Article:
Today is International Women’s Day, celebrating the social, economic, cultural and political achievements of women around the globe. March is also Women’s History Month in the U.S., which celebrates the impact and contributions of women in American history and present day. To learn more about how Maxar is celebrating women this month and committed to empowering women in our workforce and communities, we spoke with Abby O’Connell, a scrum master in our Space business and lead of Maxar’s Women’s Network Employee Resource Group (ERG).

Abby O’Connell has been involved in building women’s networks at Maxar since 2015.

Q: What is your role at Maxar?

Abby: I am a Scrum Master, currently supporting several flight software teams on a NASA-related project. In fact, this month is my 10-year anniversary at Maxar, something I’m very proud of.

Q: The Women’s Network is one of the longest standing ERGs at Maxar. How many members do you have and how has the group evolved over the years?

Abby: Yes, it is one of the first formal ERGs ever created at Maxar, and it’s been growing steadily ever since. Maxar has had women’s networks in some form for many years, but in 2020, a group of six women came together to organize the first Maxar-wide Women's Network. In 2021, Maxar created its ERG network, and the Maxar Women's Network became one of seven ERGs.

I’d like to take the opportunity to acknowledge the other women who are on the Maxar Women’s Network ERG Steering Committee, who have played a huge role in helping grow the ERG over the past three years. These fantastic team members include Allison Hull, Carrie Drake, Colette Kirkes, Diana Albarran, Jacky Newswanger, Lori Bielawski and May Tassler.

Q: What are some ways the group helps members grow professionally and personally?

Abby: The Women’s Network ERG gives members an opportunity to connect and empowers them to express their unique voice and perspective. Members of the group advocate for each other, help each other achieve career goals, and drive positive change at Maxar. In 2022, for example, our ERG hosted a series of nine virtual “Toasty Topics” dialogues to facilitate open discussion and increased collaboration across the organization. Topics ranged from life as a working mom to the experience of first-generation immigrants and female veterans at Maxar. As we come out of the pandemic, we are moving beyond virtual and increasing in-person opportunities for 2023.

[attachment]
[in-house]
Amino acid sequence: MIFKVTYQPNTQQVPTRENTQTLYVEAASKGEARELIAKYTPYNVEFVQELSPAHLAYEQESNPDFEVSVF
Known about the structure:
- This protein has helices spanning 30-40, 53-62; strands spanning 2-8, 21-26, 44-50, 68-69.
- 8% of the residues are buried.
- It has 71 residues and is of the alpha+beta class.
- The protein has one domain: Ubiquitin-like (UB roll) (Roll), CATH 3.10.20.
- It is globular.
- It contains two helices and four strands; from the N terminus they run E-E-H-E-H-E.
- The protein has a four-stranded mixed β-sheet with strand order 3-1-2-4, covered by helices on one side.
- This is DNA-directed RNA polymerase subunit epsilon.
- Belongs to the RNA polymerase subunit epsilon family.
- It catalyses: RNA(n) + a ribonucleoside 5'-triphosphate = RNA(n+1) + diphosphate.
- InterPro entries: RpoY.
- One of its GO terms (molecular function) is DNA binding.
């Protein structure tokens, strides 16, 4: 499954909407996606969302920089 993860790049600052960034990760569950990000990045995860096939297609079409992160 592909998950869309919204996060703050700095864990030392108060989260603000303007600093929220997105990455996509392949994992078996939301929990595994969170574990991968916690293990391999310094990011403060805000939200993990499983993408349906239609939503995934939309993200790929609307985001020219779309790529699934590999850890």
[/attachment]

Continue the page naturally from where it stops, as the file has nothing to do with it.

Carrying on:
Q: Women’s History Month and International Women’s Day are important opportunities to reflect on the contributions of women around the world, but they are also reminders that we still need to advocate for women and gender equity in the professional world. What more needs to be done to help drive progress?

Abby: It starts with funding and supporting girls engaging in Science, Technology, Engineering and Math (STEM) programs in our schools to provide opportunities for them to build the skills they need for the tech industry, as well as to attain professional goals in a broad range of career paths in addition to STEM. To support women who are already in the workplace, companies need to provide opportunities for networking, career skills enhancement and flexibility around family care and maternity leave. We also need to see more women in senior executive roles.

We’ve made a good start as an industry, but there’s opportunity for improvement. At Maxar, creating the ERG system has helped with networking and career skills development. We sent several colleagues to the Grace Hopper Celebration event last year, the world’s largest gathering of women and nonbinary technologists. Maxar has also engaged with to participate in the national program called Top Companies for Women Technologists. The program identifies key trends in workforce equity impacting women and non-binary technologists. It is the only benchmarking program that looks specifically at the technical workforce. Participants are provided with detailed evaluations and benchmarks of intersectional gender equity in tech as well as a roadmap for concrete steps to take to improve equitable practices that attract and retain women and non-binary technologists.

Q: Based on your own experiences and what you’ve learned through the ERG, what advice do you have for any early or mid-career female professionals who are looking to advance their careers in the space and geospatial industries?

Abby: First, believe in yourself. You have every right to a satisfying and exciting career. Second, ask questions, ask for help, ask for promotions and ask for raises. Third, always be on the lookout for opportunities to learn more, for new and different work, for better pay and for ways to make a difference.

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